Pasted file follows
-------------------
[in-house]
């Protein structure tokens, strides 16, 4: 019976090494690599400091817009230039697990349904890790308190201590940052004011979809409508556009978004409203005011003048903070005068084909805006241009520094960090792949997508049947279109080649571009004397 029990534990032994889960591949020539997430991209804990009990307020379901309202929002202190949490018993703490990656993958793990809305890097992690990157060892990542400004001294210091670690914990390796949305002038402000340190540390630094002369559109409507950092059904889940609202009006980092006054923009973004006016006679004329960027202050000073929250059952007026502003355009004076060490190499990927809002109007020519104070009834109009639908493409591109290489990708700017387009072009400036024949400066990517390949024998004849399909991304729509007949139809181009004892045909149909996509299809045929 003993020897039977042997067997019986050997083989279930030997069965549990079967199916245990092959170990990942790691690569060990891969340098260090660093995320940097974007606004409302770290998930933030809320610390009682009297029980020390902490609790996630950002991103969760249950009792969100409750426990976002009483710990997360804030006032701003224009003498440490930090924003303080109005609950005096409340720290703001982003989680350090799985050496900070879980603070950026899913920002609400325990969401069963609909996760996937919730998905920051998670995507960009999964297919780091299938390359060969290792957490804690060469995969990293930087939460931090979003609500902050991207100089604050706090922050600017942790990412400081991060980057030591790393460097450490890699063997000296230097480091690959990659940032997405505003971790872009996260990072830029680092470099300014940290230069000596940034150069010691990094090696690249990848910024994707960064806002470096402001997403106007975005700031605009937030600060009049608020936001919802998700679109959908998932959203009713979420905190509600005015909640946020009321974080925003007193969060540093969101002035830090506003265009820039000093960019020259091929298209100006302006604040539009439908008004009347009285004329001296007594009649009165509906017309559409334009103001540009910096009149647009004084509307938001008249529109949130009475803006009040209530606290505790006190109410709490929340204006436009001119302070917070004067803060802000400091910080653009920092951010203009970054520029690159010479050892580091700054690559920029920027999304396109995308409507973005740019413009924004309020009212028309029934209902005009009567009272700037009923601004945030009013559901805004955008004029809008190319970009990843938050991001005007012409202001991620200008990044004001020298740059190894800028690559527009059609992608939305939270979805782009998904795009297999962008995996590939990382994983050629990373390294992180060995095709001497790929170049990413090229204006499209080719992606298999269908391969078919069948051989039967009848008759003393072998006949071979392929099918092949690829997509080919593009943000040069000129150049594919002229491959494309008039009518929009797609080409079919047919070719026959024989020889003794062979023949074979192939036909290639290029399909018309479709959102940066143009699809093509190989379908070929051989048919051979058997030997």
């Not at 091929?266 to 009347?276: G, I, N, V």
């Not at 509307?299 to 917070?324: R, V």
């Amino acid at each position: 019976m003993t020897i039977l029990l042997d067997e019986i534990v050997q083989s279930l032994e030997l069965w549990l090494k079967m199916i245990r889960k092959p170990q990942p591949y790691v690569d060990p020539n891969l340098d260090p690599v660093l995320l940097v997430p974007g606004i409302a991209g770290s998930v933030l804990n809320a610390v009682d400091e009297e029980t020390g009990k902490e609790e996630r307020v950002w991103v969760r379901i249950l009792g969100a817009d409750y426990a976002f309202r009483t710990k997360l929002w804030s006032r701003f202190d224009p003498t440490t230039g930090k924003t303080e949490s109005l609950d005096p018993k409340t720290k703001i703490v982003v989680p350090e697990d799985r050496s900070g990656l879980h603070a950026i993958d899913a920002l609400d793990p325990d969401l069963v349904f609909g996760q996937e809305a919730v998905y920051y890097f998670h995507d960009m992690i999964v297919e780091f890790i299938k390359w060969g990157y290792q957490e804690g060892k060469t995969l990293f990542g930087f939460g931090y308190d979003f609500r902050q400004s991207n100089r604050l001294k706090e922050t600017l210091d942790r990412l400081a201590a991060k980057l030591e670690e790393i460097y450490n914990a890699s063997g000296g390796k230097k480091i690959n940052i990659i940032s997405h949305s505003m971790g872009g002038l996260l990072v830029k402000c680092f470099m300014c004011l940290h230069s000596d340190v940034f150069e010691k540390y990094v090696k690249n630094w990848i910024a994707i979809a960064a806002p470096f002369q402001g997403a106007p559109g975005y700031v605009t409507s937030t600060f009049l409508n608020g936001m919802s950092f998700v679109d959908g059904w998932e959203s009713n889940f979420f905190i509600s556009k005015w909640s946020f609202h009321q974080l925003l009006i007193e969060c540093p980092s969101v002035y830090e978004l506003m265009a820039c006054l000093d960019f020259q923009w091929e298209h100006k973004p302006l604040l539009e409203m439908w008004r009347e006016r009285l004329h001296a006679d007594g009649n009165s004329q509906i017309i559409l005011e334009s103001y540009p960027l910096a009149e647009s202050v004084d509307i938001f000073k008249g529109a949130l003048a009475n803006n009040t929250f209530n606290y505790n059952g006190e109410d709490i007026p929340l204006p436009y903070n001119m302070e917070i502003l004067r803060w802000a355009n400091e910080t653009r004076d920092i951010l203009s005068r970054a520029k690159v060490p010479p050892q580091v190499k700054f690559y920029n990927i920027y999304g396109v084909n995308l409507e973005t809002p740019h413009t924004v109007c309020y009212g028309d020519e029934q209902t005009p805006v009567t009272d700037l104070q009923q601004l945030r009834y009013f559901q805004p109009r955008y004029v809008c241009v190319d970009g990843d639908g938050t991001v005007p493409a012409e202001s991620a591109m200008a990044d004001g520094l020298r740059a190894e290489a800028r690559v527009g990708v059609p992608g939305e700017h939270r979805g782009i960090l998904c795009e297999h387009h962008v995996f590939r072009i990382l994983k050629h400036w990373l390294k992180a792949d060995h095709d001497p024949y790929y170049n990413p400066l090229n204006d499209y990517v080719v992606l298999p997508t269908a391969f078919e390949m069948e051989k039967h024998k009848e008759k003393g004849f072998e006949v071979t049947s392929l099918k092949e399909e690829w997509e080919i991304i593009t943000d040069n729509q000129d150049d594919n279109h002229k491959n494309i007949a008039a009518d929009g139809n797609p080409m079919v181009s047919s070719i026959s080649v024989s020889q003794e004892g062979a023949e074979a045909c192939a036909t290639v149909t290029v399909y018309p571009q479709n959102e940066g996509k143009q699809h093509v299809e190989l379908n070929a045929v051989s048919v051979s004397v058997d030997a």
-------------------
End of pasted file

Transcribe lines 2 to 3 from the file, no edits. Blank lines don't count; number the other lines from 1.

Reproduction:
């Protein structure tokens, strides 16, 4: 019976090494690599400091817009230039697990349904890790308190201590940052004011979809409508556009978004409203005011003048903070005068084909805006241009520094960090792949997508049947279109080649571009004397 029990534990032994889960591949020539997430991209804990009990307020379901309202929002202190949490018993703490990656993958793990809305890097992690990157060892990542400004001294210091670690914990390796949305002038402000340190540390630094002369559109409507950092059904889940609202009006980092006054923009973004006016006679004329960027202050000073929250059952007026502003355009004076060490190499990927809002109007020519104070009834109009639908493409591109290489990708700017387009072009400036024949400066990517390949024998004849399909991304729509007949139809181009004892045909149909996509299809045929 003993020897039977042997067997019986050997083989279930030997069965549990079967199916245990092959170990990942790691690569060990891969340098260090660093995320940097974007606004409302770290998930933030809320610390009682009297029980020390902490609790996630950002991103969760249950009792969100409750426990976002009483710990997360804030006032701003224009003498440490930090924003303080109005609950005096409340720290703001982003989680350090799985050496900070879980603070950026899913920002609400325990969401069963609909996760996937919730998905920051998670995507960009999964297919780091299938390359060969290792957490804690060469995969990293930087939460931090979003609500902050991207100089604050706090922050600017942790990412400081991060980057030591790393460097450490890699063997000296230097480091690959990659940032997405505003971790872009996260990072830029680092470099300014940290230069000596940034150069010691990094090696690249990848910024994707960064806002470096402001997403106007975005700031605009937030600060009049608020936001919802998700679109959908998932959203009713979420905190509600005015909640946020009321974080925003007193969060540093969101002035830090506003265009820039000093960019020259091929298209100006302006604040539009439908008004009347009285004329001296007594009649009165509906017309559409334009103001540009910096009149647009004084509307938001008249529109949130009475803006009040209530606290505790006190109410709490929340204006436009001119302070917070004067803060802000400091910080653009920092951010203009970054520029690159010479050892580091700054690559920029920027999304396109995308409507973005740019413009924004309020009212028309029934209902005009009567009272700037009923601004945030009013559901805004955008004029809008190319970009990843938050991001005007012409202001991620200008990044004001020298740059190894800028690559527009059609992608939305939270979805782009998904795009297999962008995996590939990382994983050629990373390294992180060995095709001497790929170049990413090229204006499209080719992606298999269908391969078919069948051989039967009848008759003393072998006949071979392929099918092949690829997509080919593009943000040069000129150049594919002229491959494309008039009518929009797609080409079919047919070719026959024989020889003794062979023949074979192939036909290639290029399909018309479709959102940066143009699809093509190989379908070929051989048919051979058997030997």
């Not at 091929?266 to 009347?276: G, I, N, V």